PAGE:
Rice, Rice, and More Rice
For many Asian countries rice is a staple food which is often eaten with each meal of the day, sometimes as the only food served. This is especially true here in the Philippines. We have been told numerous times by Filipinos that if rice is not served, a meal is not complete. It is common practice to eat rice for breakfast, lunch, and dinner. The average Filipino family consumes between approximately 25-50 kilos of rice each and every month.
This past week I had the opportunity to travel to the rural community of Duran, in Capiz province on Panay Island, with my colleague, Duane Guthrie. Duran is approximately an 1 1/2 hour drive to the city of Roxas, and it contains many hectors of rice fields and are the primary source of food and income for many families in that community. Kabuganaan Philippines Ministries (KPM), which is the community development organization of the Kasapulanan Association of Baptist Churches in Capiz, recently formed a business development group (as seen in the picture to the right) to explore new ways of approaching community development through a lens of business.
KPM has invited Canadian Baptist Ministries (CBM) to be a part of this journey, and we are excited about the opportunity to work along side of them, in this capacity, to help spread the Gospel through word and deed to communities in Capiz province.
On Wednesday we met with a group of 13 rice farmers (many of whom also serve as pastors) to hear their stories and learn from their experiences. We asked them to share about the good things they’ve experienced as farmers, how their work as farmers was ‘life giving’. Their stories were both challenging and inspiring.
Here are a couple of their stories…
STORIES FROM THE FIELD
This is Pastor Eliseo Gallaza. Pastor Gallaza has served as a pastor for over 50 years in the Kasapulanan Baptist Association. During this time he has also operated his own rice farm as a way to earn extra income and put food on his family table. Many churches can not afford to pay their pastors very much. As a result, pastors are often bi-vocational. Pastor Gallaza began working on his families farm when he was 9 years old and has continued to work the land since that time (over 70 years). By doing this, he has been able to serve as a pastor for many, many years. He has always viewed his work on the farm, and his ministry in the church, as being complimentary. God has used both his vocations to spread the Gospel. Although he has technically ‘retired’ from pastoral ministry, he continues to pastor a small church and he continues to farm his land.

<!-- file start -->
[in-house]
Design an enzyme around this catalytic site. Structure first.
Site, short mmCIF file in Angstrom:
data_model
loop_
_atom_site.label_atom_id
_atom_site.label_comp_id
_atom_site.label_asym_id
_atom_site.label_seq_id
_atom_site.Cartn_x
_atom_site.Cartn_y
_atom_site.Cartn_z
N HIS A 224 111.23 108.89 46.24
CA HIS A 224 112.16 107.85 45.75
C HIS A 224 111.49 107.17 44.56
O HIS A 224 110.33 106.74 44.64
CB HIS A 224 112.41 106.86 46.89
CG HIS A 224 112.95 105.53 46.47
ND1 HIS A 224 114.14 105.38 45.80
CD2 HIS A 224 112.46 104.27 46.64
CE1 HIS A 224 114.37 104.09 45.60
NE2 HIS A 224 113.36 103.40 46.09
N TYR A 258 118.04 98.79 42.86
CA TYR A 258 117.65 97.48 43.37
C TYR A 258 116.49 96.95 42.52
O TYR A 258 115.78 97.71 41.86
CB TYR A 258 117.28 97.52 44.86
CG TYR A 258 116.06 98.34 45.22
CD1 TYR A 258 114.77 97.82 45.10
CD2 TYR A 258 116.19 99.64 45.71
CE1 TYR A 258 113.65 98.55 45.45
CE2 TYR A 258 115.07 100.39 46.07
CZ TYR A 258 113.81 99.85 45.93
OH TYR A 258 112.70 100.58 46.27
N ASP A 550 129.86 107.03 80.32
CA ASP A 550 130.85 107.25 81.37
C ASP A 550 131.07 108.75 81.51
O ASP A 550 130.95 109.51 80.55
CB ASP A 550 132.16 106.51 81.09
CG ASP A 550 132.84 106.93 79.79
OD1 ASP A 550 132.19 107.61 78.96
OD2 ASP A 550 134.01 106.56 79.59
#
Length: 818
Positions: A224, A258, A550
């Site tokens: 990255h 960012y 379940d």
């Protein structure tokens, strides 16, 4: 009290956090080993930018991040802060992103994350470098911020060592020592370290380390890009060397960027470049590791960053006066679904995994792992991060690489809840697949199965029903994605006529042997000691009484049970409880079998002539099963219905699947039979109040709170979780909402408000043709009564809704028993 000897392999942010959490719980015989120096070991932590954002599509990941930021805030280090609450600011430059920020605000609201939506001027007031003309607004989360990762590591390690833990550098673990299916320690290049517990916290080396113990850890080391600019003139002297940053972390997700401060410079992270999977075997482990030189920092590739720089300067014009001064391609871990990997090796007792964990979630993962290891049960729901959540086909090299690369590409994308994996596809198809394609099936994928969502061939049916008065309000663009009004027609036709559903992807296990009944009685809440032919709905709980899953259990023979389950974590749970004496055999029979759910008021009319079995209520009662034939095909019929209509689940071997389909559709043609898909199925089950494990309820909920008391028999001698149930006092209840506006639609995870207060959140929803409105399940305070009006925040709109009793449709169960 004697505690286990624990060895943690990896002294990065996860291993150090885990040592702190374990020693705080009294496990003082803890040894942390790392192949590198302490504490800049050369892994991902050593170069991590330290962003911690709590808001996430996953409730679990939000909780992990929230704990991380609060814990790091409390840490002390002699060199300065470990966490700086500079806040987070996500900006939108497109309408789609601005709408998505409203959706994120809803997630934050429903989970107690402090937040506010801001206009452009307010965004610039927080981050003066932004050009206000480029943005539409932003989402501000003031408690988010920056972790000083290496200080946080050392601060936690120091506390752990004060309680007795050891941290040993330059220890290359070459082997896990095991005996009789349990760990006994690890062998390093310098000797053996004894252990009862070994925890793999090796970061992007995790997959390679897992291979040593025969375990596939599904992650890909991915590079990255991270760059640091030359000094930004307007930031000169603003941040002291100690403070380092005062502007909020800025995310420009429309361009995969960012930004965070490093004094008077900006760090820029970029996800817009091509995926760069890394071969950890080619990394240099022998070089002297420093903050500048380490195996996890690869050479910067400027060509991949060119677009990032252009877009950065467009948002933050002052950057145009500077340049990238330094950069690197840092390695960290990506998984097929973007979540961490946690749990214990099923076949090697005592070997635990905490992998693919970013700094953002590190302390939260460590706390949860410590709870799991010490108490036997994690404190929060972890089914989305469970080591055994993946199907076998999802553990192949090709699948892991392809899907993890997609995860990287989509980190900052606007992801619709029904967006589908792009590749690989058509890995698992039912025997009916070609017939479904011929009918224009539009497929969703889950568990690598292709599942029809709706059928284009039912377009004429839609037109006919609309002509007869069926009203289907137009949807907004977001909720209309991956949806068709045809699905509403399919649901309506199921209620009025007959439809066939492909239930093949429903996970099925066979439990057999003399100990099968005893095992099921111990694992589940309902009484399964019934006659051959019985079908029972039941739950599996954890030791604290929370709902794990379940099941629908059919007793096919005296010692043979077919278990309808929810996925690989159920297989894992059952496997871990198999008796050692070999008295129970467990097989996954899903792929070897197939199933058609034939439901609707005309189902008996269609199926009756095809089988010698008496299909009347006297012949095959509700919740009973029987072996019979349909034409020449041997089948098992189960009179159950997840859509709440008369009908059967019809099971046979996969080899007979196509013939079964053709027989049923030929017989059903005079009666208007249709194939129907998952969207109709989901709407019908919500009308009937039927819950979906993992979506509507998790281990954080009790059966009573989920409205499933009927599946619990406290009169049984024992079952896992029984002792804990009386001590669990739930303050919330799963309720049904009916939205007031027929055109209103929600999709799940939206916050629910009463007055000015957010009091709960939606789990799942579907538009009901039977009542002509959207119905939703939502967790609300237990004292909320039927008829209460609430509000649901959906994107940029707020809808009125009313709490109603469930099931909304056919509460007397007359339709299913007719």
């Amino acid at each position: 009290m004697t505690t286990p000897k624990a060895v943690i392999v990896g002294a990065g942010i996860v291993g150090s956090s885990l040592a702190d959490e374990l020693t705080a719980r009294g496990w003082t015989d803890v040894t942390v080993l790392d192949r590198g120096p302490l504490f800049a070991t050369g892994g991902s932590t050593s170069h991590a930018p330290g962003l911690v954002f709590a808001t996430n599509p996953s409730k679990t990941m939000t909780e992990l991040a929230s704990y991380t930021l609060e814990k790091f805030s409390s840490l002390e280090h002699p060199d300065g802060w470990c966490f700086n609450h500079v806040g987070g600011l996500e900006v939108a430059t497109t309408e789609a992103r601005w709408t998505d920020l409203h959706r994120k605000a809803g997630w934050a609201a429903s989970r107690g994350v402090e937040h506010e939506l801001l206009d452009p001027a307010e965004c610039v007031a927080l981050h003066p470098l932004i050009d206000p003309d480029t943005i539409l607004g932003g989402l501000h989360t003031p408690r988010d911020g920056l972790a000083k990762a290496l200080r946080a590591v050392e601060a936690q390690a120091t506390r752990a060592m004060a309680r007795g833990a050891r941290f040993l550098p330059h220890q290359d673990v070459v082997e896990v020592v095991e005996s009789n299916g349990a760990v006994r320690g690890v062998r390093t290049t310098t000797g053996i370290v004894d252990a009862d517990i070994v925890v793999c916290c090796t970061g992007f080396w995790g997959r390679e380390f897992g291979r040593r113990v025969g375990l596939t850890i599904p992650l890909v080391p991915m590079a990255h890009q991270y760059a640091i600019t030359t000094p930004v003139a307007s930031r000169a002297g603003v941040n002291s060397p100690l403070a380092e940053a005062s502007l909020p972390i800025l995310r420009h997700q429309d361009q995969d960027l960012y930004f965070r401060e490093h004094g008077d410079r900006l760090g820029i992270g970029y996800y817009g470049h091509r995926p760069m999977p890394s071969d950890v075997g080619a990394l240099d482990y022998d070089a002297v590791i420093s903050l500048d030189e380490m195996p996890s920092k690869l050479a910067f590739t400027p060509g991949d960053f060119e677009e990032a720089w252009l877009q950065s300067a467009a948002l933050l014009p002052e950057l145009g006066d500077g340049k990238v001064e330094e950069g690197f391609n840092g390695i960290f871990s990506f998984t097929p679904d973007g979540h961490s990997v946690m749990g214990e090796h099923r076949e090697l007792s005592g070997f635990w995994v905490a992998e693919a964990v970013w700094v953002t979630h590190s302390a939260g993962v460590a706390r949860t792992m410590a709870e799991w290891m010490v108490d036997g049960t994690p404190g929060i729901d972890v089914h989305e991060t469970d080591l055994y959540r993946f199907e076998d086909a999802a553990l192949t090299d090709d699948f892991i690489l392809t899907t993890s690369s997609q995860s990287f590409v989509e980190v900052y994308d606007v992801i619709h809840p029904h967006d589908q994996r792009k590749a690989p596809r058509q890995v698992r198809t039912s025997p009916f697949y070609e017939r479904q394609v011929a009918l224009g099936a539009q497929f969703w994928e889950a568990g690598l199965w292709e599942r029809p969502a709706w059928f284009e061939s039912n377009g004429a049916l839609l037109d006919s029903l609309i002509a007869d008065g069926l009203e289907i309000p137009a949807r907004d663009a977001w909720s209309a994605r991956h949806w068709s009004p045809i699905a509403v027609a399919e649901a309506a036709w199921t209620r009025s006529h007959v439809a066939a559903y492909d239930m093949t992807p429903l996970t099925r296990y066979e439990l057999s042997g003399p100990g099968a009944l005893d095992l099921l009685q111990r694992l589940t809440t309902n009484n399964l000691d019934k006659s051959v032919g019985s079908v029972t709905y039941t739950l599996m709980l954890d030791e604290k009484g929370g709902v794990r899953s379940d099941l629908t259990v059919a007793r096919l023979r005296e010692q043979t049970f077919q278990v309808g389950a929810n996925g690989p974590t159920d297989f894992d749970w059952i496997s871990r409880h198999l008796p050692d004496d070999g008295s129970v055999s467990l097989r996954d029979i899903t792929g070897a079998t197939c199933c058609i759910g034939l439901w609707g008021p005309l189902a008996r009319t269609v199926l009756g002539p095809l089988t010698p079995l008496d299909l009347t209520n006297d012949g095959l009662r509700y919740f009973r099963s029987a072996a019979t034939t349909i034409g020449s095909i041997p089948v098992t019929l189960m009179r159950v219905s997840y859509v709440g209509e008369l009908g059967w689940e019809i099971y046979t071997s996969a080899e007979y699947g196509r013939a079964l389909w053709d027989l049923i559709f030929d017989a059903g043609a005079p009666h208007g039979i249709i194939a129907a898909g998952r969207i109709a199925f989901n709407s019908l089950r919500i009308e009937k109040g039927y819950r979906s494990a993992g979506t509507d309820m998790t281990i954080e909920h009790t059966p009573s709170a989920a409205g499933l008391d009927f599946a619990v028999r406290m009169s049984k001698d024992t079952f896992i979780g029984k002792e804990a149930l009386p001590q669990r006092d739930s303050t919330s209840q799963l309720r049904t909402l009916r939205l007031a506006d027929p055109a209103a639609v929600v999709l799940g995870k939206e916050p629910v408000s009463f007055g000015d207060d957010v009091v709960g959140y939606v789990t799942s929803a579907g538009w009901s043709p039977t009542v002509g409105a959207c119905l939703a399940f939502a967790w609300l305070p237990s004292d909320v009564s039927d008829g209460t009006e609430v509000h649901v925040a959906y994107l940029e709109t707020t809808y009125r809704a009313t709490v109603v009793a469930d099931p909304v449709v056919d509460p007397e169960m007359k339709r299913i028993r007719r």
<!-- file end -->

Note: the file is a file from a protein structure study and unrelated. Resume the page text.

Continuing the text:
Pastora Carmelina Hernandez, at the age of 38, became a widow with 5 young children. She was serving as pastor of a church while also operating a small rice farm with her husband before he passed away. After his passing she did not have the money to hire labor workers for the farm, so she got her hands and feet dirty and learned how to do the work herself. Over time she grew to love the work of farming. As she watched the rice grow it was a reminder to her of God’s love and grace that was shown to her and her children through the years – they were growing closer to God! Today, Pastora Carmelina sees her work as a pastor and her work as a farmer as being deeply connected and purposeful. She is able to serve the Lord whether she is on the farm or at the church…to her, both are ministry!
Rice farming is a vital part of many families and communities throughout the Philippines. There are many, many challenges to rice farms such as typhoons, droughts, rodents and other animals, poor seeds, too much rain, and many other things. However, despite all of the many challenges, each of the farmers we met are proud to be farmers and are thankful to God for providing them with land to farm.
- Please pray for the ministry of KPM as they look for new ways of approaching community development through business initiatives.
- Please pray for our children as they begin their 2nd semester at Faith Academy
- Praise God for providing us our own home…We moved into our home on January 6th and are settling in really well. Thank you for praying for us as we searched for a home.
- Pray for us as we resume our language classes this week. We will be increasing our language study for the next number of months as we work at grasping the grammar and increased vocabulary
THIS IS PUTO…
Filipinos have many different ways of preparing and serving rice. For example, it is common to have fried rice with garlic served for breakfast, Bibingka (rice cake with cheese on top) served for a snack, or Suman (sticky rice cooked with coconut milk and sugar) served as a sweet treat wrapped up in a banana leaf. In this picture rice is being served as a light morning snack during our meeting. It is called ‘Puto’ and sort of resembles a muffin, a rice muffin cooked in a banana leaf.
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